China Suspected of Massive Marriott Data Breach – ReportA New York Times report finds that investigators believe China-backed attackers pulled off the massive data breach at Marriott, exposing the records of 500 million guests. It's a continuation of the tensions between China and the US.
Cyber spies working for China are suspected of pulling off the massive data breach at Marriott, which involved personal data of 500 million Starwood customers, in an effort to gather intelligence on specific US citizens, according to a published report in the New York Times.
Citing unnamed intelligence and law enforcement sources, the Times reported that attackers working for China's Ministry of State Security were behind the original breach, which occurred in 2014, but was only discovered during the last several weeks. (See Marriott: 500 Million Guest Records Compromised in Data Breach.)
In addition to Marriott, the cyber spies targeted health insurance firms and security clearance files to gather information.
One key piece of evidence that points to China is that passport numbers and information on 327 million Starwood customers were part of the breach. This would allow China to create a database on US citizens that it wanted to track, according to the Times.
"Given that these attacks are most probably interrelated and from the same APT [Advanced Persistent Threat], the suspicion that the Chinese are attempting to build more complete personality, or psychographic, profiles of individuals is further credible and downright scary," Mukul Kumar, chief information security officer and vice president of Cyber Practice at security vendor Cavirin, wrote in an email to Security Now.
"The potential damage is an order of magnitude more than simple hacks based on demographic data, giving a whole new meaning to the term 'life hacking,' " he added.
The Chinese government denies that it orchestrated the Marriott breach.
The Times report comes during a period of growing tension between China and the US on a range of issues, including cyberattacks, industrial espionage and trade issues.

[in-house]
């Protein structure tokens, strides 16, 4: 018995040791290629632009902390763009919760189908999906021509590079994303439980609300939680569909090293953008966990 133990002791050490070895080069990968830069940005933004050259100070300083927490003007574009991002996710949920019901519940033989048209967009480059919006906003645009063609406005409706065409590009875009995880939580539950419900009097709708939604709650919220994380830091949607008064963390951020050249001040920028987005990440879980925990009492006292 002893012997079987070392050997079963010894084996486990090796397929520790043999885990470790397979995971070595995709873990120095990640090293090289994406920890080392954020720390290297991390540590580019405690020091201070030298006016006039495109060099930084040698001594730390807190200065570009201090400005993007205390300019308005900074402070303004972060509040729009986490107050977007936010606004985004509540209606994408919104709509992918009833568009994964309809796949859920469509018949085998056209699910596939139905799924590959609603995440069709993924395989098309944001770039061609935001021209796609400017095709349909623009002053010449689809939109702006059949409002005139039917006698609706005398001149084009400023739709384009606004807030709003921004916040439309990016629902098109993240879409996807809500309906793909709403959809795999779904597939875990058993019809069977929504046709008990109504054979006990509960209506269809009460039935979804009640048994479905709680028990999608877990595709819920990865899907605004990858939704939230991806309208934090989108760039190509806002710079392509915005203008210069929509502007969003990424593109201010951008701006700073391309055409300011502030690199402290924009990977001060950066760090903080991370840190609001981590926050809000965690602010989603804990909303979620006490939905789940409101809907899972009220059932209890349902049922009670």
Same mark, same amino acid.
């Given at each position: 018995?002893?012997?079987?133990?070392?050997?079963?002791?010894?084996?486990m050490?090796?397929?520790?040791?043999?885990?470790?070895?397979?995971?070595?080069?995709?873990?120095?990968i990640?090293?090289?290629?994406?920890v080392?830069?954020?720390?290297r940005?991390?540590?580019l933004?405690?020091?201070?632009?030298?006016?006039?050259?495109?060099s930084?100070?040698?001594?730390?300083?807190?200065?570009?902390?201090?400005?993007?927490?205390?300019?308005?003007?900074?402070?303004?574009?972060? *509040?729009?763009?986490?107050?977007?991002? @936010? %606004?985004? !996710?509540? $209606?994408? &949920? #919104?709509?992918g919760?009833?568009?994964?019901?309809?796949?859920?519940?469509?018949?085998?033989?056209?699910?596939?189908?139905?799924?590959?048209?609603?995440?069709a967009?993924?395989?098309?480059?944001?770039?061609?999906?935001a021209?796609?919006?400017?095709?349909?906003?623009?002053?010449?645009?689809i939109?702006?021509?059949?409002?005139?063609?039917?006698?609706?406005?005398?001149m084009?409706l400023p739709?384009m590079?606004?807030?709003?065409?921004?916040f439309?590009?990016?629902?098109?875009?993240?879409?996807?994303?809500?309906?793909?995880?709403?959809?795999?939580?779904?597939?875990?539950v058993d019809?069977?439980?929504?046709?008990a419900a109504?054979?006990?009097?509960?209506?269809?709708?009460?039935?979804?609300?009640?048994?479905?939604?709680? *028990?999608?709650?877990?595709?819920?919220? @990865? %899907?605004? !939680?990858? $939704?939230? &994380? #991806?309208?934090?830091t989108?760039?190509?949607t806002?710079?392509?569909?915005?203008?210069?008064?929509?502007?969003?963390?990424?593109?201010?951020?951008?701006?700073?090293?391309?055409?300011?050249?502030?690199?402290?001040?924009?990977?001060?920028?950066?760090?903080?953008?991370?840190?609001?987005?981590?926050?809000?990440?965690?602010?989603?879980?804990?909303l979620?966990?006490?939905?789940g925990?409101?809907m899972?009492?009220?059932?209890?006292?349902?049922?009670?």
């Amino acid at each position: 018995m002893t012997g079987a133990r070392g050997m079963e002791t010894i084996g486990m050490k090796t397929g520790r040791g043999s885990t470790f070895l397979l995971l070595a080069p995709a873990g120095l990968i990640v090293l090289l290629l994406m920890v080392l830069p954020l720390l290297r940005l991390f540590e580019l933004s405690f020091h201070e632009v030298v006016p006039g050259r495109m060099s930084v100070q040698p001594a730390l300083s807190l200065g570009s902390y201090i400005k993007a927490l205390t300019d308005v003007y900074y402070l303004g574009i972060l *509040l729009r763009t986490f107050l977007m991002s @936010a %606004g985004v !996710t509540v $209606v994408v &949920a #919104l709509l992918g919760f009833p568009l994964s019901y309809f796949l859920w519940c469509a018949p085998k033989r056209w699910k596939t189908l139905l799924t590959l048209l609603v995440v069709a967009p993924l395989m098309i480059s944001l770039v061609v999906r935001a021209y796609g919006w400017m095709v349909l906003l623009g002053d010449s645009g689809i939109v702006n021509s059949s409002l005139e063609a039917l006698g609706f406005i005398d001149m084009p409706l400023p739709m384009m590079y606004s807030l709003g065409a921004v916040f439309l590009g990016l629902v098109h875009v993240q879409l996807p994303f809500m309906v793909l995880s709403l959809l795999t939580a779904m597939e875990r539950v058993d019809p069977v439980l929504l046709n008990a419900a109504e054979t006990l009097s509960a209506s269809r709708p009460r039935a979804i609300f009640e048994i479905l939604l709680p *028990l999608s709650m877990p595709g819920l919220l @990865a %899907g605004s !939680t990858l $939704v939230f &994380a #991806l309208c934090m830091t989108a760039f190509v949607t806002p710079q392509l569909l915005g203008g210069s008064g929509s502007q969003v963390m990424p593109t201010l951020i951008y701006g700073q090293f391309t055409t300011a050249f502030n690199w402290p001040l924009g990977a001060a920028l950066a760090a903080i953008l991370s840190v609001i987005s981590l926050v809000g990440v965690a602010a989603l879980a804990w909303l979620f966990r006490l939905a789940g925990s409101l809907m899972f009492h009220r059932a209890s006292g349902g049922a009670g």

To bolster its argument that China is breaking the rules, the Times reported that the Trump administration plans to declassify intelligence reports, as well as criminal indictments, which show wide-spread spying and cyber espionage campaigns conducted by China.
Over the last month, the US Justice Department charged ten Chinese nationals in an elaborate espionage campaign aimed at stealing designs and intellectual property tied to a new generation of turbofan engines. (See DoJ Charges 10 Chinese Nationals in Elaborate Cyberespionage Case.)
Over the last week, those tensions increased when Canadian authorities detained Huawei CFO Meng Wanzhou at the request of the Justice Department as she attempted to switch planes in Vancouver. The full details of the case against her remain shrouded in secrecy, but Wanzhou is suspected on helping the company violate US sanctions against Iran. (See Unknown Document 748229.)
China is demanding that Wanzhou, who is also the daughter of the company's founder, be allowed to return home. She's now free on bail.
There are no direct ties between the Marriott attack and these other incidents, but there's growing concern of what could happen next, especially with two nations that have an arsenal of cyber weapons at their disposal.
Chris Morales, the head of security analytics at Vectra, which makes automated threat management tools, noted in an email that with more and more data being digitized, these types of attacks, whether from cyber criminals or nation-states, are only going to get bigger.
"Part of the reason hacks are now getting so large is because the volume of data generated on the Internet every single day is so large," Morales explained. "Everything is digital. Just like a user would use a search engine to learn information, a cyber spy would want to search a massive online database for information. The difference is the databases used to gain information in this new form of cyber warfare happen to belong to private companies. Intelligence agencies love big data."
In this specific case, however, Morales noted that identity theft is not the end goal.
"A nation state actor would be far more interested in the intelligence gained on military and government officials who are patrons of the hotels," he added. "The Starwood and Marriott hotel chains have large federal contracts with many high-ranking officials staying at their hotels both domestically and internationally."
— Scott Ferguson is the managing editor of Light Reading and the editor of Security Now. Follow him on Twitter @sferguson_LR.